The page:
Ted Talks

Musical theater impresario Ted Chapin addresses UWSP grads and their families

A seasoned host, moderator, interviewer and lecturer, Rodgers and Hammerstein Organization President and Chief Creative Officer Ted Chapin is no stranger to speaking before large crowds. But then again, his appearance on May 19 at the University of Wisconsin-Stevens Point marked the first time he had been tapped as a commencement speaker. As such, he had some pretty “Big” shoes to fill—at least in his own mind.

“When my older daughter graduated . . . the commencement speaker was the father of one of her classmates,” Chapin told the 1,300 total graduates and their guests assembled in the Multi-Activity Center during two separate ceremonies. “The classmate was Elizabeth Hanks, and her father, the charismatic Tom Hanks, gave an insightful talk. So, in thinking about the privilege I have been given today, it is certainly my hope to be more in the Tom Hanks mold.”

Early on in his address, Chapin remarked, “Over my life I have learned to say what you want to say and get on with it.” And that is exactly what he did during a 10-minute speech that had him briefly reminiscing about lessons learned when dealing with Broadway luminaries such as Julie Taymor (“The Lion King”) and Chapin’s former boss, Stephen Sondheim. He left audience members with an important one-word takeaway—listen.

“In thinking about what I have liked or not liked about commencement talks in the past, I figured one simple piece of advice would be better than trying to speak about big, worldly matters,” he said prior to the talk.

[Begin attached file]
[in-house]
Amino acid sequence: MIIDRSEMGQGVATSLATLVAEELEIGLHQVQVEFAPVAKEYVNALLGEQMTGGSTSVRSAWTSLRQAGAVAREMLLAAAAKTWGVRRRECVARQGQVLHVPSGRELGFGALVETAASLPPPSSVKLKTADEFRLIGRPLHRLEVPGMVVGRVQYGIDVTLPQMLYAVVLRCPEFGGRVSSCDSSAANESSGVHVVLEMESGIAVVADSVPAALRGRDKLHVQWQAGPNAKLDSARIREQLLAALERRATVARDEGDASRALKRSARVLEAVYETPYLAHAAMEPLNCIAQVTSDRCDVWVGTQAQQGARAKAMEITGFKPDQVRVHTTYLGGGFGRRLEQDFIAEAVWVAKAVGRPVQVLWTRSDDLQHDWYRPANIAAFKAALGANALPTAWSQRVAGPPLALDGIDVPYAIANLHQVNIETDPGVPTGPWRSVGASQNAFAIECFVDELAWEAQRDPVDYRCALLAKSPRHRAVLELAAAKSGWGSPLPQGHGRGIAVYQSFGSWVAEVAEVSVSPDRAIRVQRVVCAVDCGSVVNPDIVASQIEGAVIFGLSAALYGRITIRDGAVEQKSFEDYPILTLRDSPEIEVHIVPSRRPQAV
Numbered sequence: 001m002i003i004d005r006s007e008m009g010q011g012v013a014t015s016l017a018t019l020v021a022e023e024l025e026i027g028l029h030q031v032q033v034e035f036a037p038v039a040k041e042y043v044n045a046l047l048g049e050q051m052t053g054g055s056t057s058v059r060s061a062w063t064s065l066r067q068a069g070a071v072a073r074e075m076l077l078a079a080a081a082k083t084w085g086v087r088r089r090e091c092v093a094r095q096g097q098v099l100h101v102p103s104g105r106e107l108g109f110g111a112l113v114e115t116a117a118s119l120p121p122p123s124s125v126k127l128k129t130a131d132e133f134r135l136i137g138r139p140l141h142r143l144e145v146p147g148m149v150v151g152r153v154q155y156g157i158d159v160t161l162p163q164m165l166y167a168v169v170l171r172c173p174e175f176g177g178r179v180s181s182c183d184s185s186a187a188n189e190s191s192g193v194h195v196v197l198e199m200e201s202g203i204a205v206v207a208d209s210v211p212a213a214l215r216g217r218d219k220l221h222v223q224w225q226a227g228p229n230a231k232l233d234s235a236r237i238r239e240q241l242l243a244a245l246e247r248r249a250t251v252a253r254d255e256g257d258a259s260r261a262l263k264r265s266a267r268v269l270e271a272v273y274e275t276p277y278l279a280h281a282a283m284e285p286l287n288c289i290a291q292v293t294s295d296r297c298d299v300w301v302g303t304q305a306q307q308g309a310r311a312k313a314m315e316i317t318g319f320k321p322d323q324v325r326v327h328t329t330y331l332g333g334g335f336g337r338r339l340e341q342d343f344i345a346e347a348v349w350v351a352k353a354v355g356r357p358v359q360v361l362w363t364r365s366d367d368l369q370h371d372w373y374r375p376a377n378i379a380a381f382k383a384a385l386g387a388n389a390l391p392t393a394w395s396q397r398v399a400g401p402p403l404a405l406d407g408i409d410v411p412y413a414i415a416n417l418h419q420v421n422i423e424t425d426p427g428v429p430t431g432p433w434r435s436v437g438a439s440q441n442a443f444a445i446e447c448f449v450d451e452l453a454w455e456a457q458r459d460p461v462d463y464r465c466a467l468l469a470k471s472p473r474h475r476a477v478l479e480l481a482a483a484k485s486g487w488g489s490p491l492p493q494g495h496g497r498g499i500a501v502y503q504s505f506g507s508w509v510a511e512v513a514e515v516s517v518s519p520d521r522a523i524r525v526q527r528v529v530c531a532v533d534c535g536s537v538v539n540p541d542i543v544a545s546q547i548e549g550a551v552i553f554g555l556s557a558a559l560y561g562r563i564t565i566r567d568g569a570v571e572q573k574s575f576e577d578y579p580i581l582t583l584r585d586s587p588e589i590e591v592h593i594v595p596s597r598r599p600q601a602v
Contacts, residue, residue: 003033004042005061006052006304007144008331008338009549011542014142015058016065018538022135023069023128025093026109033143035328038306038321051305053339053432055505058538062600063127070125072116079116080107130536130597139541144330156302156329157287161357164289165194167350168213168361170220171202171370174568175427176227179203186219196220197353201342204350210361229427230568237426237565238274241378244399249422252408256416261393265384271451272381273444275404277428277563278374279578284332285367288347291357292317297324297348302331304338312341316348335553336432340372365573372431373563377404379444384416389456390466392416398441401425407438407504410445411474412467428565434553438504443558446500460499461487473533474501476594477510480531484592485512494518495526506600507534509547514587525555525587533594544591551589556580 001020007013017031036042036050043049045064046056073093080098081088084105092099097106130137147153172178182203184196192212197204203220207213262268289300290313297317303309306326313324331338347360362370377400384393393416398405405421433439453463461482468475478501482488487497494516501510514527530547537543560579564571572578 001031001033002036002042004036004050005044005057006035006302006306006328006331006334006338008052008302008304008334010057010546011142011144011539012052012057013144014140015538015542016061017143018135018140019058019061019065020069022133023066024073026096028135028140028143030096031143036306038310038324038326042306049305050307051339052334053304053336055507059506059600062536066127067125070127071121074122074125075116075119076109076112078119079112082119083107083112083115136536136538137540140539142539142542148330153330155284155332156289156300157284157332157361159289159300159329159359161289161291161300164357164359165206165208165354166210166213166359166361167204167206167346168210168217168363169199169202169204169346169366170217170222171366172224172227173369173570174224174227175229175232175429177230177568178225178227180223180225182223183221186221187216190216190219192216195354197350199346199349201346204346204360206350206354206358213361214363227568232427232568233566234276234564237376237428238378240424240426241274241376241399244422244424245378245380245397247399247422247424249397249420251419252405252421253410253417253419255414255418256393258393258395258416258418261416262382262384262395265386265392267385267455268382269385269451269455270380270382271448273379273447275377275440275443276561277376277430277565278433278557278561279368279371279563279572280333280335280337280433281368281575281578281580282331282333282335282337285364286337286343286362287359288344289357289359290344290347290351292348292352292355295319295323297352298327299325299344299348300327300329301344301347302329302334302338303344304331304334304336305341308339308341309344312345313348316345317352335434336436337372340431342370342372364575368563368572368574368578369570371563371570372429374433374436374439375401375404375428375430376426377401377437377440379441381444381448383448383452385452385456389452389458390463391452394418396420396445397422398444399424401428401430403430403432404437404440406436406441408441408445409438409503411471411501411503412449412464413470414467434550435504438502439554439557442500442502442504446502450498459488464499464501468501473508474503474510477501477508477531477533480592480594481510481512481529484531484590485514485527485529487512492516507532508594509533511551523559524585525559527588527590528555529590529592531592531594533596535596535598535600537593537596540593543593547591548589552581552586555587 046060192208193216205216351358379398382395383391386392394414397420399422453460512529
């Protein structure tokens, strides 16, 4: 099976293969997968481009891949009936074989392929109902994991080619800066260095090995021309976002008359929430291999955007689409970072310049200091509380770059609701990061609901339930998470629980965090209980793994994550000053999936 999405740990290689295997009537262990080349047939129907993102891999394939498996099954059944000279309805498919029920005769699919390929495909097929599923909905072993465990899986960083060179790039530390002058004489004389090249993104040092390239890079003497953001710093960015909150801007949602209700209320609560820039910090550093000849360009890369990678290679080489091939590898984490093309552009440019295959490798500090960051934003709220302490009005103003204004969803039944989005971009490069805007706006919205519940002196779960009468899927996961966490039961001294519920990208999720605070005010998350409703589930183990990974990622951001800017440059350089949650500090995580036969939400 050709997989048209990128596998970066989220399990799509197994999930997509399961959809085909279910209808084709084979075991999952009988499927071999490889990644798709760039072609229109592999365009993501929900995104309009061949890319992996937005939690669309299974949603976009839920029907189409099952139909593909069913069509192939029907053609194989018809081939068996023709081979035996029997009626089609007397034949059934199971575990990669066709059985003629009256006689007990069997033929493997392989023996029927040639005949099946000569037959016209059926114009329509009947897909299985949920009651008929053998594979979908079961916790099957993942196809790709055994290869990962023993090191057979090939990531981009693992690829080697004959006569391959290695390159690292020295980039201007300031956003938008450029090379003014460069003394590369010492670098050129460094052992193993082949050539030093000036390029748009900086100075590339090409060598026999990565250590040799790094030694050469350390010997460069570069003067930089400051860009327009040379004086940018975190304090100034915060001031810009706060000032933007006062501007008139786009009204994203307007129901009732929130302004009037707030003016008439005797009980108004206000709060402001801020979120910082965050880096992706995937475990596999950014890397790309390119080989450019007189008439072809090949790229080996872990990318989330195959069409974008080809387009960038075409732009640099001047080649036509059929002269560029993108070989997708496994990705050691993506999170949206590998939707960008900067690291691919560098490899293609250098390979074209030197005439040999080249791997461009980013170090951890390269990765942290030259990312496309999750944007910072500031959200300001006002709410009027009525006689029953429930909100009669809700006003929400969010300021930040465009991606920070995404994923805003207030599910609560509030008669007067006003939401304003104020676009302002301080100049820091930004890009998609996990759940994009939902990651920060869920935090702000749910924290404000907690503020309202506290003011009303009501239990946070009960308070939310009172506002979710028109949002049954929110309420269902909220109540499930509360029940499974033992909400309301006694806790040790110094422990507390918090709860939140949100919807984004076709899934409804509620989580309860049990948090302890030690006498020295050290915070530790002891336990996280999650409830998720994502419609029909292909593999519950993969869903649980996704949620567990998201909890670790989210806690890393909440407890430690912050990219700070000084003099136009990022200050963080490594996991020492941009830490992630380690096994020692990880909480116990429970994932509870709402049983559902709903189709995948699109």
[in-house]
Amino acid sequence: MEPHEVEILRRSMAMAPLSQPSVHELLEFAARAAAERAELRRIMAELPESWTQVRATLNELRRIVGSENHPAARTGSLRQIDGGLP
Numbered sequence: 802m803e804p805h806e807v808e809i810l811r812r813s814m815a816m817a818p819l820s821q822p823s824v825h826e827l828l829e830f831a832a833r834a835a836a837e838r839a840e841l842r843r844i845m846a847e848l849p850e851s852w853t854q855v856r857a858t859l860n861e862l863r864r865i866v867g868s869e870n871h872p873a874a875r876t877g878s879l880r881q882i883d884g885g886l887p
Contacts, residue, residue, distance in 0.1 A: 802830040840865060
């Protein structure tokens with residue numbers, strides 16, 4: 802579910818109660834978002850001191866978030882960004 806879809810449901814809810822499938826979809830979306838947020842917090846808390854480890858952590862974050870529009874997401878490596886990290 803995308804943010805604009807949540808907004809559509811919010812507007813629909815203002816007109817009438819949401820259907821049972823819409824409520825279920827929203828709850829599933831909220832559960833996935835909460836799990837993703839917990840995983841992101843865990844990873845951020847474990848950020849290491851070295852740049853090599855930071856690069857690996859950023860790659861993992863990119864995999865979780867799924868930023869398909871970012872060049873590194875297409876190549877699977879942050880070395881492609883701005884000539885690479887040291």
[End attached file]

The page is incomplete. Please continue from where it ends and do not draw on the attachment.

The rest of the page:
UWSP-Broadway connections led Chancellor Bernie Patterson to invite Chapin to speak at commencement. Former UWSP students Laura Osnes ‘05 and Tatyana Lubov ‘15 each have starred as the titular character in “Rodgers + Hammerstein’s Cinderella”—Osnes in the original 2013 Broadway cast and Lubov in the national touring production. Chapin and the Rodgers and Hammerstein Organization oversee the mounting of classic R&H shows, including “Cinderella,” which originally was written for television.

Chapin does not know Lubov well, but he and Osnes go back a ways. In addition to “Cinderella,” she has starred in other R&H vehicles: “Carousel” at Chicago’s Civic Opera House, the little-known “Pipe Dreams” as part of the New York City Center Encores! series and a recent revival of “South Pacific” on the Great White Way. Osnes also has performed in a tribute to Chapin, and recently worked with him in a benefit concert version of Jerome Kern and Oscar Hammerstein’s “Show Boat” at the legendary Bucks County Playhouse in Pennsylvania. The actress portrayed the female lead, Magnolia, and Chapin served as the show’s narrator.

“I adore Laura,” said Chapin. “She is a rare talent, and a rare human being.”

While in Stevens Point, Chapin toured campus and met with UWSP theater students for a Q&A session. He also found time to conduct a self-guided architectural treasure hunt, which led him to the historic Fox Theater on Main Street. “My colleague and I drove around downtown to see if we could spy an old Vaudeville house that most towns like that have,” he said, “and we did!”

But the highlight of his trip was, obviously, giving the commencement address. Through eleventh-hour editing—spurred by careful listening on the part of the speaker himself—Chapin managed to make the closing of his speech on the importance of listening even more topical by referencing discord over UWSP’s planned academic restructuring.

“I would ask, in keeping with what I’ve said up here today, that each and every one of you, no matter how involved you are in the discussion, to listen to what everyone else is saying and feeling,” he said. “Listen to what others say. You won’t learn anything while you are talking. Listen to those who agree with you and listen to those who don’t. The right solution will come only if you all keep an open mind to solving your problems together.”